I haven't used this blog in a while. A long time, really. But trying to cope with losing one of my closest friends at the start of this year made me wonder if recording my thoughts would be beneficial.
John Slavin first came to my attention early in 2010 as a car enthusiast who appeared in my Twitter timeline. His tweets showed he was intelligent, funny, compassionate and interested in what we automotive writers were saying.
It was obvious from his blog that he had a talent for being expressive and thoughtful. His attitude to work, his appetite for learning and his boldness in trying his luck in contacting the right people to get his work published in those early days marked him out as someone who deserved the right break. I remember seeing one of his first pieces in Car Dealer magazine, as James Baggott had clearly also spotted John's potential. John also had an outlet for some car reviews in a magazine put together by Tim Hutton.
I secured John an invitation to the SMMT Test Day at Millbrook that May – a big day for automotive writers to get access to as many test vehicles as possible in one day, in the same location, with the chance to drive them on varied test routes – which was the first time we met in person.
In August 2010, I offered John four days’ paid work at Fleet News. I was deputy editor there, and it was useful to have someone as keen and capable as him to help keep the website ticking over with news stories during staff holidays and I gave him a feature on fuel that would fill a few pages in the next issue.
During this time I was able to introduce him to the editorial team managing HonestJohn.co.uk – just Dan H and David in those days. A few months later he would apply for a job there and make a success of it.
Later that year, I was invited by Toyota to take part in the RAC Future Car Challenge, and had a seat for a passenger. I thought it might be useful for John to blog about and invited him along. It was a great networking opportunity.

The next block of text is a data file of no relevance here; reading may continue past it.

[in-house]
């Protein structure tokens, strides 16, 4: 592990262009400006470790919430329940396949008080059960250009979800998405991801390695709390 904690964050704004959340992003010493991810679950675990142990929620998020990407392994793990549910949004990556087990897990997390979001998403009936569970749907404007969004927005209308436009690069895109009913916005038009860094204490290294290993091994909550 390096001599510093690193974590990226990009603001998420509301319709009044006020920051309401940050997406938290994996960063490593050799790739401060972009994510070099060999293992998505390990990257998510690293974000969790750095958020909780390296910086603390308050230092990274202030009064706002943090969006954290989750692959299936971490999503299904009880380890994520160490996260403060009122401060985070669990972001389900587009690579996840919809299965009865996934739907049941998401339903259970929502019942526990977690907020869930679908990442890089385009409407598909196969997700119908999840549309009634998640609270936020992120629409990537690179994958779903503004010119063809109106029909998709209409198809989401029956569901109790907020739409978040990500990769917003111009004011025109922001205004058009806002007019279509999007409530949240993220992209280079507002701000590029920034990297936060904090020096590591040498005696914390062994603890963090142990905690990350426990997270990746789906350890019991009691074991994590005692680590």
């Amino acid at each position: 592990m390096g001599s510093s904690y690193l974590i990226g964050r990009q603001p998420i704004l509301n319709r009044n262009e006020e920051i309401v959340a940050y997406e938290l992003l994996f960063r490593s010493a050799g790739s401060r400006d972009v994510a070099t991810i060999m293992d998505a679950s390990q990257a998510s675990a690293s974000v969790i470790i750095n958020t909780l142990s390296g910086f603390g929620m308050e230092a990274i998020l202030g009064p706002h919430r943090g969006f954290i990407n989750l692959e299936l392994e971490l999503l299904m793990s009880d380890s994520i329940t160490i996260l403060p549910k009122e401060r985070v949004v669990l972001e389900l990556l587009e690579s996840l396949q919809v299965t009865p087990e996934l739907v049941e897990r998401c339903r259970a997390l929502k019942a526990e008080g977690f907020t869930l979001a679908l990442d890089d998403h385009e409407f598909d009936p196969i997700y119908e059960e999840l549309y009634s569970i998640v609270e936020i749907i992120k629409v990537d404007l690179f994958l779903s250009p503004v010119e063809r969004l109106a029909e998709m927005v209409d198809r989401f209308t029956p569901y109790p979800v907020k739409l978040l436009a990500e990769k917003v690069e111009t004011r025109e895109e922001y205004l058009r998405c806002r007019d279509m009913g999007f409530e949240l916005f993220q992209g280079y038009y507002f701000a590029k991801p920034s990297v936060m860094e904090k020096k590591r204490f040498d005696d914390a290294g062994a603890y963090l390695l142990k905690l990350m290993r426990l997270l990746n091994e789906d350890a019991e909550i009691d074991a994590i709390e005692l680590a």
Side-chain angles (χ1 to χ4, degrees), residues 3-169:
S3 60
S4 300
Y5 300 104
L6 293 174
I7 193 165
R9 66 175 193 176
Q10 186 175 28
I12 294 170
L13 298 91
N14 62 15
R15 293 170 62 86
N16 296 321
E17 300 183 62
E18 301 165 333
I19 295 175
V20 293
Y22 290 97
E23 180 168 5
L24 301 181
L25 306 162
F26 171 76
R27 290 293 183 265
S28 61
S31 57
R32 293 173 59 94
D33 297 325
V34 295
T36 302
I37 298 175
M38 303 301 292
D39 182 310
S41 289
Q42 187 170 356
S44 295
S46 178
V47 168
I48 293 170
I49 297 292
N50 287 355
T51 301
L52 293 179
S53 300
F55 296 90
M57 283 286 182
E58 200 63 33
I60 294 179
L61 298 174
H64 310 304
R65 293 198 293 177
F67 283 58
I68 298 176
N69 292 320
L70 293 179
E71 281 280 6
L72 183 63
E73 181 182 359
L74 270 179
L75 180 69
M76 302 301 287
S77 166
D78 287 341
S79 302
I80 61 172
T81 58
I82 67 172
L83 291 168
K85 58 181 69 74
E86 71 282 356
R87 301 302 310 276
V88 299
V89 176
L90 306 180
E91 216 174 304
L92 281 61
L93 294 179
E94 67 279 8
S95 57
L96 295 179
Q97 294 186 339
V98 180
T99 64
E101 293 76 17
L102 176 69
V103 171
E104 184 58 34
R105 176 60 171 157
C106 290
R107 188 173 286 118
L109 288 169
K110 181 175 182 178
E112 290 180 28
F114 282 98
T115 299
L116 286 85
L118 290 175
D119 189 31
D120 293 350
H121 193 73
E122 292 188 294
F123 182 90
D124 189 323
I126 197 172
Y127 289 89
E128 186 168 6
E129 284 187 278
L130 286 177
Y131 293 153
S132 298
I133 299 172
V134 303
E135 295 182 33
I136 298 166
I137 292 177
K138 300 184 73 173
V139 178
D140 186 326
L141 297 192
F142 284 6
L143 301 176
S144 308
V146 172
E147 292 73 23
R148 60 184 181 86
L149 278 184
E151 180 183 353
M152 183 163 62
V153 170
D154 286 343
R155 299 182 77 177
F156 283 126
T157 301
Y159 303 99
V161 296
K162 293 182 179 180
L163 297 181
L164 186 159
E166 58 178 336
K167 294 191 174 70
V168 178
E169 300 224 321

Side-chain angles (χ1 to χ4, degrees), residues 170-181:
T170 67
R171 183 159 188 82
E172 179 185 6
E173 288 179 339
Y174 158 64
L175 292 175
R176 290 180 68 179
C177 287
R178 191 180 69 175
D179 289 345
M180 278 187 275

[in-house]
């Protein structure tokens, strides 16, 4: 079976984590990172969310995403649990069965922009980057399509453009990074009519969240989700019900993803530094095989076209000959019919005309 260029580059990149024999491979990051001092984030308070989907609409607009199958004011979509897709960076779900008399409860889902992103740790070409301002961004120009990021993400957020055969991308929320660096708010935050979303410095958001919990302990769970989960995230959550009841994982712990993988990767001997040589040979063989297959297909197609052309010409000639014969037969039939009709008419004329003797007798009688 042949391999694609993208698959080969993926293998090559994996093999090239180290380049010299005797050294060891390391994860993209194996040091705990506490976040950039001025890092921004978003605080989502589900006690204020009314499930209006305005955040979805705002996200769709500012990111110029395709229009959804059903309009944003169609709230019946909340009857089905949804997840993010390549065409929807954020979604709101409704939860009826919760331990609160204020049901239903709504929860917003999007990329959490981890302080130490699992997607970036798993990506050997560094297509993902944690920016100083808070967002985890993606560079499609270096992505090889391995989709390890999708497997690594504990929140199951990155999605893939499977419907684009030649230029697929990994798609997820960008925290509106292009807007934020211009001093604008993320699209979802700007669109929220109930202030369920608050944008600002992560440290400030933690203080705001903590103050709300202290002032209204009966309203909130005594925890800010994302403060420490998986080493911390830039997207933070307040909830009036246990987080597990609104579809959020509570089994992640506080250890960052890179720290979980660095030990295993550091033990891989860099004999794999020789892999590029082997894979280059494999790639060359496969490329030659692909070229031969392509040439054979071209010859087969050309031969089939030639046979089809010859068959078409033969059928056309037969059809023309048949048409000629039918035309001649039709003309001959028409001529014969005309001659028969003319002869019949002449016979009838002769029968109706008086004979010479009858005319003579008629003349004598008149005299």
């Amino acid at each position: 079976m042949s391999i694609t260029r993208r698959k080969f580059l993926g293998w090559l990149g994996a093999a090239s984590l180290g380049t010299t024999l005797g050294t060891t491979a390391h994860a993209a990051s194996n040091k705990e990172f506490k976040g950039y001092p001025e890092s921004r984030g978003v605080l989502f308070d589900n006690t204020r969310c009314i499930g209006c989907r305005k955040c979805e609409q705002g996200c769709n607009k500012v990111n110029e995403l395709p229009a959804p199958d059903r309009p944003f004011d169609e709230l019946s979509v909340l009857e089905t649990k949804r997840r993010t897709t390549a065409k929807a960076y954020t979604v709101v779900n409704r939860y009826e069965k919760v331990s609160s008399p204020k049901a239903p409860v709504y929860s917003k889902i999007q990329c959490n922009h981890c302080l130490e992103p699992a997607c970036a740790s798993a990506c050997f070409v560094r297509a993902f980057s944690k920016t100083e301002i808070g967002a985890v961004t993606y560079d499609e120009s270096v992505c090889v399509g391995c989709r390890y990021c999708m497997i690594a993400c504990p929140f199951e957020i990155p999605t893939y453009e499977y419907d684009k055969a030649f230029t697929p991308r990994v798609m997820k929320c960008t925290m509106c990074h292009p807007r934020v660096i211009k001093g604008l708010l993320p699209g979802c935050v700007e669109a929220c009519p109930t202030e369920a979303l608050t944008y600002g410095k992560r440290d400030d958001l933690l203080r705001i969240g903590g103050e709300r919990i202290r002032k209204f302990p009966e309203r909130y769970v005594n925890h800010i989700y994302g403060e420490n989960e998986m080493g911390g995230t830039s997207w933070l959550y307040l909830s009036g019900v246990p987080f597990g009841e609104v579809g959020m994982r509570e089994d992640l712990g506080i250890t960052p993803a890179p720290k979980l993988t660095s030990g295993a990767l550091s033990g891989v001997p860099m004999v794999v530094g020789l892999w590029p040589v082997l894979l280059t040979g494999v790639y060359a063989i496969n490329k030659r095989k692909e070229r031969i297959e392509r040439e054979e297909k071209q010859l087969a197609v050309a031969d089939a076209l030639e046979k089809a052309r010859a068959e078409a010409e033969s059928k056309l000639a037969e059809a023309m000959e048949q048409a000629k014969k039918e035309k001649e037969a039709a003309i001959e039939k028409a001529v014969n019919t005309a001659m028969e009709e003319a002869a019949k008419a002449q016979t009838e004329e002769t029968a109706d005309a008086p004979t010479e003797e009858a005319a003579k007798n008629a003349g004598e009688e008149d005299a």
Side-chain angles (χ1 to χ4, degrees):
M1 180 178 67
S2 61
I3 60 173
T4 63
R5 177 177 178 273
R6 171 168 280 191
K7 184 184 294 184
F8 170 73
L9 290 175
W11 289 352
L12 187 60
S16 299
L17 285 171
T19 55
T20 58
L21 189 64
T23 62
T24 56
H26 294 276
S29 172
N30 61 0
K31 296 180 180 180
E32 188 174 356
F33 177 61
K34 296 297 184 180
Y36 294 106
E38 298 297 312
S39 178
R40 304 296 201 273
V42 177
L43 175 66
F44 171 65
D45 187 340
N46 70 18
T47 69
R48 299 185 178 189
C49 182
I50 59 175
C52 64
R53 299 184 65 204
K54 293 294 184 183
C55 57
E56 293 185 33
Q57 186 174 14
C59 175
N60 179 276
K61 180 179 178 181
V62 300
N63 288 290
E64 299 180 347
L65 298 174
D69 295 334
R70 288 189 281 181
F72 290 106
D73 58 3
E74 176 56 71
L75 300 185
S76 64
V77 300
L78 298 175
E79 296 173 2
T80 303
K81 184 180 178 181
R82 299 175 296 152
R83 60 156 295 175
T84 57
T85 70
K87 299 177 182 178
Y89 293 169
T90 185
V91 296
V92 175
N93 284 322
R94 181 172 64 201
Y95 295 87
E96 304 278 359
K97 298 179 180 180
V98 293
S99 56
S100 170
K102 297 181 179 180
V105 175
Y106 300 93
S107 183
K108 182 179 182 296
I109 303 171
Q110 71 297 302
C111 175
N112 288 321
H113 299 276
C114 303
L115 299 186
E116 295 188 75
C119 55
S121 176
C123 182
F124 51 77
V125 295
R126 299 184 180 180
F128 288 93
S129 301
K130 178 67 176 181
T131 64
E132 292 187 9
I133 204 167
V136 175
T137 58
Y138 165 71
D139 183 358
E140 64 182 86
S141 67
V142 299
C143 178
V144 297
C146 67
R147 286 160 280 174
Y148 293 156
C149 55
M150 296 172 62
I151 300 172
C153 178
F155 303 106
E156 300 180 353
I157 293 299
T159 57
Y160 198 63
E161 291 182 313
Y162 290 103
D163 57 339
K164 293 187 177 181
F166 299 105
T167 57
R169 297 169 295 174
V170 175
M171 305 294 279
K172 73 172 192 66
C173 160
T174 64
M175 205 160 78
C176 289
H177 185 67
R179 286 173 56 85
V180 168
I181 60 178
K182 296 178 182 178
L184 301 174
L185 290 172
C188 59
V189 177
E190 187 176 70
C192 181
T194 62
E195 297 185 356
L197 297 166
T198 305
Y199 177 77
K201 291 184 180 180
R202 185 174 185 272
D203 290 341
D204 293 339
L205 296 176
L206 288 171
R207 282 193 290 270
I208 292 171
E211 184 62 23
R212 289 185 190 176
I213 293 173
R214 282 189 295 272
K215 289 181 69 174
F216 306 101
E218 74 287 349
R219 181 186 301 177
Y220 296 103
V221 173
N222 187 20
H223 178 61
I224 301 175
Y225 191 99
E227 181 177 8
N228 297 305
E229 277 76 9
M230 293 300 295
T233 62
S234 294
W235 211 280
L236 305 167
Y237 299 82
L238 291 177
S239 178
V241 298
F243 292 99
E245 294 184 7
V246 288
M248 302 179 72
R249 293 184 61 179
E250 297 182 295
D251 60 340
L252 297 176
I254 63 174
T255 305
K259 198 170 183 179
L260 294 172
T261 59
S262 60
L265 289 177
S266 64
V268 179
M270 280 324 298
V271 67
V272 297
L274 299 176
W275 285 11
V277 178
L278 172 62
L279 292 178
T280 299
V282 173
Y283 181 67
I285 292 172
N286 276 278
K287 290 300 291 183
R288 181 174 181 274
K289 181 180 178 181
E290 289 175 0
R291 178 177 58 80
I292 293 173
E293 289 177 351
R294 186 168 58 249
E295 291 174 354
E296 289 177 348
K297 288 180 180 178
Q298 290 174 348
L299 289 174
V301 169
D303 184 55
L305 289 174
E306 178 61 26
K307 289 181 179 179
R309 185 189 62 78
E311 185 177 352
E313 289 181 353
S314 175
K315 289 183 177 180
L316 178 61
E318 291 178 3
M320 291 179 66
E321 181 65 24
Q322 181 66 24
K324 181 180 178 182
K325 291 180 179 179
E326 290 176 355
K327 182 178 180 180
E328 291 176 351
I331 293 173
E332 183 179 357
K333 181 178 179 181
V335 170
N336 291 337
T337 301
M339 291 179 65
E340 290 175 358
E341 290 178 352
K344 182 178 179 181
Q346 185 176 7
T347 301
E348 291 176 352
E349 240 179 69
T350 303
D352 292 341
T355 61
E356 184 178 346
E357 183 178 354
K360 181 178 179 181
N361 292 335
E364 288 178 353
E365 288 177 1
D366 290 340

John was always appreciative of any help anyone gave him as he made his way up the ladder in our industry. But it was his own drive to succeed that made the difference.
John and I had a few road trips together. We went to Goodwood Festival of Speed in June 2012, and to the National Motor Museum in Beaulieu in January 2013, when the mild weather encouraged me to drag the Bentley out of winter storage.
Another time we spent a morning off-road driving at Mercedes-Benz World, followed by a visit to Brooklands Museum.
There was a good day out at the Classic and Restoration Show at Birmingham NEC in 2015. I also had a couple of long trips to Geneva with John – one in 2012, and another in 2016.
Sometimes, if we knew we were on the same car launch, we'd drive to the airport in the same car, as well as share test cars on the event. John was always great company, and always in demand as the perfect co-driver. He'd always make the day pass more quickly, and, when it was his turn behind the wheel, always drive safely.
When news spread of his death, I had never seen anything like the outpouring of sorrow and condolences on Twitter before, among our close-knit community of automotive writers and PR people.
But no one should have been surprised, because I can honestly say I have never known anyone in my 20 years of mixing with others in this community who was as universally liked. No one ever had a bad word to say about John.
A well as his office colleagues, many journalists and editors from other publications attended his funeral.
The scale of the sunflower growing this year is a testament to how well liked and respected John was. I posted online in April that I was going to grow sunflowers in memory of John, and Adam Binnie, of Parkers, saw an opportunity to turn it into something more significant, where we could all so something every year to remember him and donate to a good cause.
I had been aware of his illness, and I realised how serious it was through his time off work last year. I used to send him a message on WhatsApp sometimes while he was off work to ask how things were. He would always make it seem that things were better than they must have been.
When I found out he was off work in December, we chatted briefly a few times. He told me he didn’t feel as bad as when he was off work in the spring, so I expected to see him in the new year when he had begun to feel better.
I sent John a message on Boxing Day after I’d been to the cinema to see the new Star Wars film because there had been a trailer for Avengers: Infinity War, and I knew he’d have been looking forward to seeing that, and we talked about how great it looked.
I also sent him a message on New Year’s Day because he’d been in my dream the night before. In it, we were snowboarding, or at least attempting to, but were frustrated by rapidly melting snow.
I told him about my dream, and saw that he’d read the message but didn’t think anything of him not replying. Maybe he was busy or not up to talking that day. Just 24 hours later, we received the worst possible news.
We all miss John terribly, and he is in my thoughts every day.
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